Haptic sensations are the physical, sensorial, and phenomenological experiences of touching and interacting with furniture (Figure 7.24). Aluminum feels cool to the touch, even in temperate and controlled conditions. Glass is also cold to the touch, and oils from the hand and fingers can leave marks if the glass is not treated. Vinyl does not pass moisture and can cause condensation to form when direct contact is made with exposed skin. Plastic laminates can be abrasive over time to clothes and skin. In response to these characteristics, designers and companies have sought to work with new materials and have utilized existing materials in ingenious ways. In the 1990s, Steelcase came out with Silique, a material designed for work surfaces, which was not as abrasive as traditional high-pressure (HP) plastic laminate. Herman Miller uses an open – mesh, elastomeric fabric called Pellicile for their popular Aeron chairs. Many designers from the Bauhaus in Dessau, Germany, including Mart Stam, Marcel Breuer, and Ludwig Mies van der Rohe, utilized leather and cane wherever their chairs came into direct contact with the human body.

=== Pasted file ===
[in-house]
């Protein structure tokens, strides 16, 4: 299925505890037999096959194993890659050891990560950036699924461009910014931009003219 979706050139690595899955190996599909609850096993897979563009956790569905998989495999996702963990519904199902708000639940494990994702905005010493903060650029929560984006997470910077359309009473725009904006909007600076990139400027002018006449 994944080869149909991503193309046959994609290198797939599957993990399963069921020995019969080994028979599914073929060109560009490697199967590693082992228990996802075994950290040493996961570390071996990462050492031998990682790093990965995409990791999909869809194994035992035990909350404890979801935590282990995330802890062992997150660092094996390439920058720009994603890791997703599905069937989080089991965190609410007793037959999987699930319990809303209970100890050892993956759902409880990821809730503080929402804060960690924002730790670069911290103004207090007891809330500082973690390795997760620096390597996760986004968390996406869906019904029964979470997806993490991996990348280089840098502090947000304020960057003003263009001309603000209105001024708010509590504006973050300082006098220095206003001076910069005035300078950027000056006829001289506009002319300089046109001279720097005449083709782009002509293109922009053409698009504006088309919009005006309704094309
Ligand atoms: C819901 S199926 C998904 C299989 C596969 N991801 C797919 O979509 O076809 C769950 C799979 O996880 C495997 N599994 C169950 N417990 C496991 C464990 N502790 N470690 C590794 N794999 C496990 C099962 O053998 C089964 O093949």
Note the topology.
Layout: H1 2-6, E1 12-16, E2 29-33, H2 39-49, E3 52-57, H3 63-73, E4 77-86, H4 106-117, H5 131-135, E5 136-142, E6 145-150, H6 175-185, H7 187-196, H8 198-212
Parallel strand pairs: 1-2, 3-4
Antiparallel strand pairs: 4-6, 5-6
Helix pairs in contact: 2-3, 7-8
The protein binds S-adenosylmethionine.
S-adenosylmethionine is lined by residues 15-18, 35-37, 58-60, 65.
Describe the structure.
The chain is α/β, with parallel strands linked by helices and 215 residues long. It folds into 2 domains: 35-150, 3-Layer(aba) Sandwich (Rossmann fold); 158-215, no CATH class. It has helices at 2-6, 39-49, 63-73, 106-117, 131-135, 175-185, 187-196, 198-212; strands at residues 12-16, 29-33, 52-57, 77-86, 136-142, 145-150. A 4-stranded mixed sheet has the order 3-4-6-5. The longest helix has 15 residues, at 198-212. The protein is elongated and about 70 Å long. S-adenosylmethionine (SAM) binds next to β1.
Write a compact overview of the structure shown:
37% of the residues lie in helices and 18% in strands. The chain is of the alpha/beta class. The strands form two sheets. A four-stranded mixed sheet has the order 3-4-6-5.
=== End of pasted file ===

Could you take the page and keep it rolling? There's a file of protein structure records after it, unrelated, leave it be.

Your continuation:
Metals can be plated in a number of standard finishes and colors. Plating is done over a brass or nickel base in a broad variety of metals and in a range of surface qualities. Metal surfaces can be executed in polished or satin finishes.
Concrete can be finished in either a hand trowel or broom finish, or can be etched, stamped, glazed, stained, waxed, or polished. Stone can be polished, hammered, flamed, or honed. Glass can be annealed, cast, distressed, floated, blown, or tempered. For every material used in furniture, there are many options to consider regarding the finish and characteristics of surface quality, and generally, different surface finishes will create different tactile experiences.